Lensi's information that the book in question "mentioned the meaning of tarot cards" appears particularly important because it is not clear in what context other than the Parisian one the "meaning of the cards" could be inserted. The date of printing, 1789, is therefore very important, as it would be very close to the original text of 1781 by Court de Gébelin. The fact that here we find Milan and not Cremona may be more or less important. Less important would be if it were found that the hypothetical first Cremonese edition of Isidoro Bianchi's text was not only published but could also serve as the original for the Milanese copy (the possibility of an extension to the capital of the knowledge of the Egyptian ideas). More important would be if it were shown that an independent version was published in Milan; and then the corresponding transmission route would also have to be investigated. 
     Unfortunately, no traces have been found of this brochure seen by Lensi. Only a few passages are known, taken from a reprint three years later, which tell us nothing about the question under consideration here.[3]
  3.  The first edition
      I recently described this tarot-calendar almanac by transcribing in full the "ideas of an Egyptian”[1]. Subsequently, I have been able to add other information found in the meantime.[5] Mine of the “Egyptian" presentation of this almanac caught the interest of Michael Howard, who translated it into English[6] and then used it to widely extend the discussion.[7] Evidently the diffusion in
Italy of this idea has a certain interest. Usually those who write on the topic limit themselves to the main passages, that is, first in France, then in Great Britain and perhaps even reaching the USA. As stated, I limit myself to the Italian environment, or rather Lombardy, if not even Cremona, and in this case I can refer to the specific studies cited and summarize the essentials.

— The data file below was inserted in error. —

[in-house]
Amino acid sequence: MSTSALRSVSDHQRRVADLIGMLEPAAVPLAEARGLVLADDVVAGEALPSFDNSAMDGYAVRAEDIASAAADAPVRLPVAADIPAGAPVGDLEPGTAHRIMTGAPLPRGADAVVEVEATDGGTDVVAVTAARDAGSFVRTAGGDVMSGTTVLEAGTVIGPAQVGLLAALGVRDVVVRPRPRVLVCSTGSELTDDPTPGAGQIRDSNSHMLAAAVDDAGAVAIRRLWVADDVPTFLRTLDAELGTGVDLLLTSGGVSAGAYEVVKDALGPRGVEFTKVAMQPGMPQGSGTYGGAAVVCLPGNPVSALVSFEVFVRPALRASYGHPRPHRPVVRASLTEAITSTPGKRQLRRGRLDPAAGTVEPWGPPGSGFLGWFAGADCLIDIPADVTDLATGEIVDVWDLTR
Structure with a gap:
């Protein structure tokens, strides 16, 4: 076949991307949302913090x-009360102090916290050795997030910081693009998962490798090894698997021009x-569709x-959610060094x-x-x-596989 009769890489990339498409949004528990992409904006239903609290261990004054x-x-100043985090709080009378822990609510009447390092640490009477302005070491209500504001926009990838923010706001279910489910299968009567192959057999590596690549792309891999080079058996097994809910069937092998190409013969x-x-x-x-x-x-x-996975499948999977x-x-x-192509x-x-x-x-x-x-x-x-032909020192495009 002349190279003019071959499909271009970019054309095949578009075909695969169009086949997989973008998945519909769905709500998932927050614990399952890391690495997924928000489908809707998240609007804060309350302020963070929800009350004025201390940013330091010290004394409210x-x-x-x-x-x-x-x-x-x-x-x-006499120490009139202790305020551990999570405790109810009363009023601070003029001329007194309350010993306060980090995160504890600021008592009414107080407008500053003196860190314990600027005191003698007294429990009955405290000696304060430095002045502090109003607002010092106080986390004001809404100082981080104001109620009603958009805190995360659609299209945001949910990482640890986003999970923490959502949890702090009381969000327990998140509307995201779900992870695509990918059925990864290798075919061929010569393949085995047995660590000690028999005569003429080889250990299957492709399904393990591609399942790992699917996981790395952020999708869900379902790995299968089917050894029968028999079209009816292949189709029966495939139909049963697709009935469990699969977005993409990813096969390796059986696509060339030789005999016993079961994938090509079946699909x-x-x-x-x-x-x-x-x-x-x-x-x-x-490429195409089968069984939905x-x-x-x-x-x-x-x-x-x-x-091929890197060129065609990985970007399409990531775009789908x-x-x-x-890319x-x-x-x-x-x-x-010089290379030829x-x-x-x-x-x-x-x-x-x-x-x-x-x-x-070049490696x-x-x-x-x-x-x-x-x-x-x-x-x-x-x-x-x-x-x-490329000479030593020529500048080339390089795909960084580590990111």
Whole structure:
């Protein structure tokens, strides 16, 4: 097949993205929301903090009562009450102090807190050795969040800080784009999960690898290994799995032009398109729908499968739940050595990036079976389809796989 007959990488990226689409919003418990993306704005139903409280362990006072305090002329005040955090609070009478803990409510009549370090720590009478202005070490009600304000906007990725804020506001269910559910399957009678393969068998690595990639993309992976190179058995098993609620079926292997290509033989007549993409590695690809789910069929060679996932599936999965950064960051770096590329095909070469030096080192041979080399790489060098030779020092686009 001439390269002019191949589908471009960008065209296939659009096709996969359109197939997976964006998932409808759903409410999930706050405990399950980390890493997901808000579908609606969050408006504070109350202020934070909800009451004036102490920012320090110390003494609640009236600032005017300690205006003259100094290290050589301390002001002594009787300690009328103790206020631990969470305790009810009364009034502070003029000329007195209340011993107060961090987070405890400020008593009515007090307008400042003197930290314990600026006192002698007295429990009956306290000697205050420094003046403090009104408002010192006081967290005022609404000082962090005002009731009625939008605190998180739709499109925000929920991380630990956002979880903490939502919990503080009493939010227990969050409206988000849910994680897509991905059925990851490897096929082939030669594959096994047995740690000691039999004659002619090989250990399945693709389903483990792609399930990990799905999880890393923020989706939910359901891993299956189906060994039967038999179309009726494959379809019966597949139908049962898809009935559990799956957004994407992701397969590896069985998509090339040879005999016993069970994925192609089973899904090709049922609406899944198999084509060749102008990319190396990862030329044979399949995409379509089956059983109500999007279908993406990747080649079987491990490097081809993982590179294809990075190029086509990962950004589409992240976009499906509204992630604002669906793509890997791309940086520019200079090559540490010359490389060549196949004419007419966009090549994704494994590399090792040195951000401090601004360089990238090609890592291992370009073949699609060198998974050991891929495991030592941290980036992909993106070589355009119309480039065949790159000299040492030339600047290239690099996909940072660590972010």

We find the booklet in question indicated in the Supplementary Essay in the Lensi Bibliography [of n. 4].

 77.1. Ideas of an Egyptian on the game of tarot. Almanac for the leap year 1796. Giuseppe Feraboli, Cremona, s.a. [1795], in 32°, pp. 8 nos.
Today it is so rare that only two copies can be found in the State Library of Cremona, and of one only the introductory part is preserved. In particular, the date of this Almanac is important, because it approaches 1781, the year in which Court de Gébelin published his pioneering text with these ideas.
    The fact of using the topic as an introduction in the almanac of the year 1796 makes it clear that it was expected to receive considerable appreciation from the public. Regardless of the acceptance of these ideas among tarot players, which is difficult to reconstruct, one can easily assume that from then on the Egyptian ideas were able to interest even those who did not play cards, and it became of interest to verify if and how the novelty managed to spread.

4.  The second edition

The Cremonese almanac for the leap year of 1796 could appear to be an edition without precedent and without sequel. Instead we have seen that perhaps there had been a precedent, while there was certainly a sequel and we have news of it from the usual Lensi [of n. 4]. 

7. Almanac published by Monsignor Antonio Dragoni. Cremona, 1814. Cicognara in his History of copperplate engraving on page 131 cites this almanac and says that it contains an interesting article on the meaning of tarot cards.
In the Supplementary Essay to the same Bibliography there is other information.
7* Almanac.
It is probable that this pamphlet (of which no copy has yet been found) constitutes further evidence of the diffusion of Court de Gébelin's fantasies in certain Cremonese circles. See n. 77.1. of this bibliography. Information on Antonio Antonino Dragoni in G. Biffi, Diario (1777-1781), edited by G. Dossena, Milan, Bompiani, 1976, p. 137.